Well, I love Edward Gorey. I love Gary Larson’s Far Side cartoons. Also an inspiration for my drawing is my dad, who was an architect. As a kid, there was always paper around. I’d go and visit him in his office and see him drawing on the drawing board with a ruler and a pen. I think my cartooning is kind of like, I saw him drawing all day and thought, “That looks lovely,” and then I saw him go into a building site and arguing with a builder, and I thought, “That looks awful.” I basically wanted to find a job where I could do the drawing without having to shout at anybody.
The drawers look very much like an architect’s big long drawers.
There probably is a subconscious Freudian attempt to recreate a grown-up office like my dad had. It’s also, I guess — I make a lot of drawings. I’m not working for weeks on end on things. I need all those drawers, and there is something very satisfying about putting things in a nice drawer.
Can you say a little about how you developed your style, which on the surface has a kind of willed simplicity to it?
I studied illustration at art school, and I did spend a long time trying to find a style, which is a sort of typical art-student thing to do, where you’re panicking that your work isn’t unique. I did lots of dreadful work, and work that failed, and I copied people.
But when, late in my time in college, I got into drawing comics, I found that telling stories and being funny and making jokes was so much hard work and so difficult that I didn’t really have any energy left for making the drawings look nice. I used my default style, the way I draw a diagram to explain something to somebody, or the way I draw a quick doodle on a friend’s birthday card. I sort of accidentally tricked myself into not trying to have a style, and this other simpler thing came out in those first comics.
I’ve neatened it up, and I do want it to look nice on the page. But I guess I just got into this quite diagrammatic style, which still has enough handmade wobbliness that it’s not cold. Occasionally I have to push it in one direction or another because you can’t do everything with stickmen. My earliest cartoons were all just tiny little black stickmen with no features, and I’ve had to learn, in order to tell stories, to open it up a bit.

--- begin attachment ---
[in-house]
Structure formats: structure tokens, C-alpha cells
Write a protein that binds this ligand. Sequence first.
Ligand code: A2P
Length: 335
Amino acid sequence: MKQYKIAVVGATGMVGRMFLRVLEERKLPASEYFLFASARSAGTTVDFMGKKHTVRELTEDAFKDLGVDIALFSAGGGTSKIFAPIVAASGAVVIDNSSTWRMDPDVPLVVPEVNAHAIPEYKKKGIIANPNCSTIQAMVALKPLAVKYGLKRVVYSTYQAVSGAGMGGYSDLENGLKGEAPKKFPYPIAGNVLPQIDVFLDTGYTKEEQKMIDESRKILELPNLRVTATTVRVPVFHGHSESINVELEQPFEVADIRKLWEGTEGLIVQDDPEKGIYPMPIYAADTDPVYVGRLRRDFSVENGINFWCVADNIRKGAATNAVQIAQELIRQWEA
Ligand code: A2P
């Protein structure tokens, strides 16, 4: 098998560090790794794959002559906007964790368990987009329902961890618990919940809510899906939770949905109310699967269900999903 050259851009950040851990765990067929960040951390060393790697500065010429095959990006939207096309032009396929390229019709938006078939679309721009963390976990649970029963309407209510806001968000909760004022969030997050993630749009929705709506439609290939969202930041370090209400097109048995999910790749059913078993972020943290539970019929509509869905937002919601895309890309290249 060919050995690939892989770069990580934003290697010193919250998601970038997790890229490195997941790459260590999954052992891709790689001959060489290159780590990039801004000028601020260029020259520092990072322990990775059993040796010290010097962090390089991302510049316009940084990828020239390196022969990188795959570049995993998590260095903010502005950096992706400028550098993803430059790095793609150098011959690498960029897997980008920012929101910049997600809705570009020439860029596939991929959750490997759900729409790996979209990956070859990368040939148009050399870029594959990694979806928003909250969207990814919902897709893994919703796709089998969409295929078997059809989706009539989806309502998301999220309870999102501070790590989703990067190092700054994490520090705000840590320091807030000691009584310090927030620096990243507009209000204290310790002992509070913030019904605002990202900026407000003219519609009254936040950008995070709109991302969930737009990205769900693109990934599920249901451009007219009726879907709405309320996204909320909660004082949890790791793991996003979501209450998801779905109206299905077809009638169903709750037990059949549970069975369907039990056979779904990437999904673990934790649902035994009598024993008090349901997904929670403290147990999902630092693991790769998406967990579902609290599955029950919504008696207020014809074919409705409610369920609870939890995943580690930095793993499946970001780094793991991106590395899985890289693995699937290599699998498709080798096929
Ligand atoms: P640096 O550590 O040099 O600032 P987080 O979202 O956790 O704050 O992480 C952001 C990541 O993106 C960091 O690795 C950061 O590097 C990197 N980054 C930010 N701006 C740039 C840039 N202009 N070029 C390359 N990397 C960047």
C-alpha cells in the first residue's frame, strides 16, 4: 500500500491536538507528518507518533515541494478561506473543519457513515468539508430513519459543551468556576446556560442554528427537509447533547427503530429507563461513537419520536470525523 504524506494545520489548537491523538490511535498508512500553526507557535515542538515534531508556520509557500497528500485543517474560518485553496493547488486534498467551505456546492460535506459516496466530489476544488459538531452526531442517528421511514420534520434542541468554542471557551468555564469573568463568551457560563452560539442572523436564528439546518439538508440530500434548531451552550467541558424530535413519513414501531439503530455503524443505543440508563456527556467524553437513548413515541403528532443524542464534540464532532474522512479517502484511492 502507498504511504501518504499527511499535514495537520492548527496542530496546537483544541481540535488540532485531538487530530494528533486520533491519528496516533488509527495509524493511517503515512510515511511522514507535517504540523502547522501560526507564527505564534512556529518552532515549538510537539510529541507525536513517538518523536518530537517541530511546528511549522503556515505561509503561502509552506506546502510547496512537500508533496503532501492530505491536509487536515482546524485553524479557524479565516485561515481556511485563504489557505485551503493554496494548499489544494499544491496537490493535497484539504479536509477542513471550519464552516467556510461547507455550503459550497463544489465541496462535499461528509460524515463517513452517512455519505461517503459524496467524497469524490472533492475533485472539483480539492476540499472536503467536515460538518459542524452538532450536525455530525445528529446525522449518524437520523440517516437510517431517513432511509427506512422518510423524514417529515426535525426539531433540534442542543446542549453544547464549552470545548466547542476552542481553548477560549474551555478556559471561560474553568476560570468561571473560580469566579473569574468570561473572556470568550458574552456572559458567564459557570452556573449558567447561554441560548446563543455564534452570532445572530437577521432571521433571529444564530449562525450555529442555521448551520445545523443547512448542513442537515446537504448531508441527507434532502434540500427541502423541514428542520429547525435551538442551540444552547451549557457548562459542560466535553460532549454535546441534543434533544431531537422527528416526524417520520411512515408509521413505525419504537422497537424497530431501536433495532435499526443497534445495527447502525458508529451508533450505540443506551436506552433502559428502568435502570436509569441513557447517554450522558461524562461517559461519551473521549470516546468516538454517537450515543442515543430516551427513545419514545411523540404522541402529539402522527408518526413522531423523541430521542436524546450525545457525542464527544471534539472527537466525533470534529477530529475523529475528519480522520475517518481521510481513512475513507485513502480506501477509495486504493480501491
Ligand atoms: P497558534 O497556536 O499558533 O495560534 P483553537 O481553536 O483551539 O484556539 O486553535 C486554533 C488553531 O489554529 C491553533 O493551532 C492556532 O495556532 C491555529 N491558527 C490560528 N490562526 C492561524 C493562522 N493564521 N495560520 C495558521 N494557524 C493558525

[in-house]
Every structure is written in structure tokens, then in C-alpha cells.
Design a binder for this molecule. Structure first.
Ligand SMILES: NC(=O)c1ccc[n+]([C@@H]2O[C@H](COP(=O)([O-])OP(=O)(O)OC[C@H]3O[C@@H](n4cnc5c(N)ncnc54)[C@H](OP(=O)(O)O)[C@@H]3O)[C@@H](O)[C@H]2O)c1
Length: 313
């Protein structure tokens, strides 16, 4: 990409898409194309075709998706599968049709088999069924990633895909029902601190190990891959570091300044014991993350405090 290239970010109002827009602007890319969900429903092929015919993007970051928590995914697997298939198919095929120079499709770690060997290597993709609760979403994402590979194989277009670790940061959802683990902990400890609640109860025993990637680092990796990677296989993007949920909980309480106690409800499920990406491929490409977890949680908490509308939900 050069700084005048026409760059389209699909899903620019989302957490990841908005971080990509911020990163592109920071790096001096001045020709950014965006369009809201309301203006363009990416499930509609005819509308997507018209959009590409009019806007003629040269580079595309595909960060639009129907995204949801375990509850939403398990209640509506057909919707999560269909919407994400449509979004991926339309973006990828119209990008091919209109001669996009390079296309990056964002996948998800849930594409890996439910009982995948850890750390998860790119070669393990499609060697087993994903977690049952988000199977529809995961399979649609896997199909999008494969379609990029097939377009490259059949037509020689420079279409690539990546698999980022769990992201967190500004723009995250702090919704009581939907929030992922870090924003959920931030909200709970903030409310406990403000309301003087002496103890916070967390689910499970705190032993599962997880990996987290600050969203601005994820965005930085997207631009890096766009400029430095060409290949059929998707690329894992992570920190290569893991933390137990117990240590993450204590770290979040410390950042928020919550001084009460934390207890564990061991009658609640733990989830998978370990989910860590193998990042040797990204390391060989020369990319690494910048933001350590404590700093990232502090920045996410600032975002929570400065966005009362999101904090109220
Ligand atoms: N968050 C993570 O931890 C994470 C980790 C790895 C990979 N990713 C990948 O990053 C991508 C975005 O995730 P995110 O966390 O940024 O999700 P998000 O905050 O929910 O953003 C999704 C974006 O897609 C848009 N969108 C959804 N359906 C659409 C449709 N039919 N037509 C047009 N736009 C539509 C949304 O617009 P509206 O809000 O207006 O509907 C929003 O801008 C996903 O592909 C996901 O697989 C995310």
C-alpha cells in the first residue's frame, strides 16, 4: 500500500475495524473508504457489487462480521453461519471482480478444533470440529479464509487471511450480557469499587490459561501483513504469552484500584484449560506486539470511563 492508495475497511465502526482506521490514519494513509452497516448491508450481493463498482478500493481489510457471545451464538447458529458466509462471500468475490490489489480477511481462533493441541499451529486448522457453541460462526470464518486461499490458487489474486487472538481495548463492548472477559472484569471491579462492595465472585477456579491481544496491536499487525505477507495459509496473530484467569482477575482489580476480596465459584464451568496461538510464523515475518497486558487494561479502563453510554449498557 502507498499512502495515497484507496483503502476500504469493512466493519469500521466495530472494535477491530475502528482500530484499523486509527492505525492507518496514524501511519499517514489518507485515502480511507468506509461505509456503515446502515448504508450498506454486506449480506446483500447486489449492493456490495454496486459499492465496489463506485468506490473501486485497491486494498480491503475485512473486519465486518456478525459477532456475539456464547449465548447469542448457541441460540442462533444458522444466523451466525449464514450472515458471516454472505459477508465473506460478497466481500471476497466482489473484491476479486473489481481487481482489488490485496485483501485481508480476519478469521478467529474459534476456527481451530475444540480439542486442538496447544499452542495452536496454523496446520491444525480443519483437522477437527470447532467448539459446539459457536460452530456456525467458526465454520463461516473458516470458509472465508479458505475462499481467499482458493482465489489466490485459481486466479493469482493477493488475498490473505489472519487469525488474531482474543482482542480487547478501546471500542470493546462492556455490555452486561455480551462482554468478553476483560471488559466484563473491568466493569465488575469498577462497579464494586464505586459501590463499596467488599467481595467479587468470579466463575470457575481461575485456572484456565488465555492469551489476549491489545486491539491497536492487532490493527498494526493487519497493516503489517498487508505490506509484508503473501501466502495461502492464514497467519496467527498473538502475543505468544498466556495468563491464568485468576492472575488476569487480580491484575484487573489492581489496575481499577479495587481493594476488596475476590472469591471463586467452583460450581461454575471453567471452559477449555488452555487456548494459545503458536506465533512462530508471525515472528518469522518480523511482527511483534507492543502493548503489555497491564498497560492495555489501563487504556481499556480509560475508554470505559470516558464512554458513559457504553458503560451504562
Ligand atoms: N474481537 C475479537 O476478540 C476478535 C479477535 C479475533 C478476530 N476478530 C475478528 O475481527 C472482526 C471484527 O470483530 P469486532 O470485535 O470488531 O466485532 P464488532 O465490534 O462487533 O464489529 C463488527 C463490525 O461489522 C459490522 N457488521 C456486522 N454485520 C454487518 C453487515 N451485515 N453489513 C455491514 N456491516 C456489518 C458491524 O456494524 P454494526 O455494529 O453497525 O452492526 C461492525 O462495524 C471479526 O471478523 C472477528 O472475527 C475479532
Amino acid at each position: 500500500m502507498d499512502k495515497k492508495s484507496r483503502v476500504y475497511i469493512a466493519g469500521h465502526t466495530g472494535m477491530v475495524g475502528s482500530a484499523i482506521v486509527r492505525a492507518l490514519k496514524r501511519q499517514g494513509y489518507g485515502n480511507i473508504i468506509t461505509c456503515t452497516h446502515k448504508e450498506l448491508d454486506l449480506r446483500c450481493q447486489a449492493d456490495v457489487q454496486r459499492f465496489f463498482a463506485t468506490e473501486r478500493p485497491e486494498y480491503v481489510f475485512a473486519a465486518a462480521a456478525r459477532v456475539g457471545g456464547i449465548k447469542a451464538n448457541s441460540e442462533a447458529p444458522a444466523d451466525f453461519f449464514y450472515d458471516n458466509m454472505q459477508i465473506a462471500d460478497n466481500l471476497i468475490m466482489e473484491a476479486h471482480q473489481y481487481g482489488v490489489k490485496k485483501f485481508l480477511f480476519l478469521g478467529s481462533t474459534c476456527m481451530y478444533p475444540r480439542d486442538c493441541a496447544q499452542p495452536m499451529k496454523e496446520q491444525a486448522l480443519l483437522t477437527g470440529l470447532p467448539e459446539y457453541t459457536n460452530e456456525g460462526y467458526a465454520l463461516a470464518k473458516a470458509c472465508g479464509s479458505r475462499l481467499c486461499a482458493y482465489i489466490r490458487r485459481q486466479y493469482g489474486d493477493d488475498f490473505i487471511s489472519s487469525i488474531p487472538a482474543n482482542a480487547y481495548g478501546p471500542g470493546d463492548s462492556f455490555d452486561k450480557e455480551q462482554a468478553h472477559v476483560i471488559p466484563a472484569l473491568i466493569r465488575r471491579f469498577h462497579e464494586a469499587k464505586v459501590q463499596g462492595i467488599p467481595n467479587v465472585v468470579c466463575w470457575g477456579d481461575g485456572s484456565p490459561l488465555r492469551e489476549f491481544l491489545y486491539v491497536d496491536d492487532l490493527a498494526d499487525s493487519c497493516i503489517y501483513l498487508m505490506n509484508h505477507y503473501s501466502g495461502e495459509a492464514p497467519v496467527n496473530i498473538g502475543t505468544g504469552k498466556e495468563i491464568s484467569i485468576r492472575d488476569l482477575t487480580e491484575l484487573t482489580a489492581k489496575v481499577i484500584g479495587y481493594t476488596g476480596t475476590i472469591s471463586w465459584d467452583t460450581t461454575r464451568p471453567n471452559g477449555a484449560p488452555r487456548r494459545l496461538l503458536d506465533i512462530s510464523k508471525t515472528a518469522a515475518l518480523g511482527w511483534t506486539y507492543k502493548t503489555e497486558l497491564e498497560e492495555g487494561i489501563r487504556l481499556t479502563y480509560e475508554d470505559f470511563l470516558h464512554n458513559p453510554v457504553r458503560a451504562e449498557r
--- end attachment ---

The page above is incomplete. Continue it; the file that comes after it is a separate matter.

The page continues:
In addition to covers for magazines like The New Yorker, and the book-length narratives, you create columns for The Guardian and New Scientist. What’s appealing about those?
I like the weekly-ness of it. And knowing by the end of Tuesday, no matter what, I have to hand in the very best thing I can do. It sort of stops me from becoming a completely mad perfectionist. There’s something nice about that feeling that they’d rather have an imperfect finished cartoon than an empty space in the newspaper, and that psychologically helps me.
What’s always struck me about your work is your interest in intellectual worlds that wouldn’t seem funny on their face.
I like working with a subject that is quite serious or maybe even highbrow or maybe even what someone might call boring, like literature or science. But actually, quite often, the jokes are pretty silly. They’re kind of dressed up in the clothes of cerebral stuff, but I feel like that it’s my job to do the funny part.
My favorite ones mix up a reference like “Finnegans Wake” and just some really silly joke, which you don’t need to know the details of “Finnegans Wake” to get.
But with the science cartoons in particular, don’t you have to have some knowledge about a subject matter that’s quite specialized?
You have to know it, not deeply, but you need to know it at a certain level in order to make jokes about it. I don’t think nearly as deeply as people imagine, having read the cartoon. But yeah, that was a challenge. So I sort of went on a self-education project. I’ve now been doing that for five years.
Scientists and writers aren’t that different. And quite often the same jokes about frustrating publishers or fear of failure apply to both.
This interview has been condensed and edited.
Produced by Erica Ackerberg.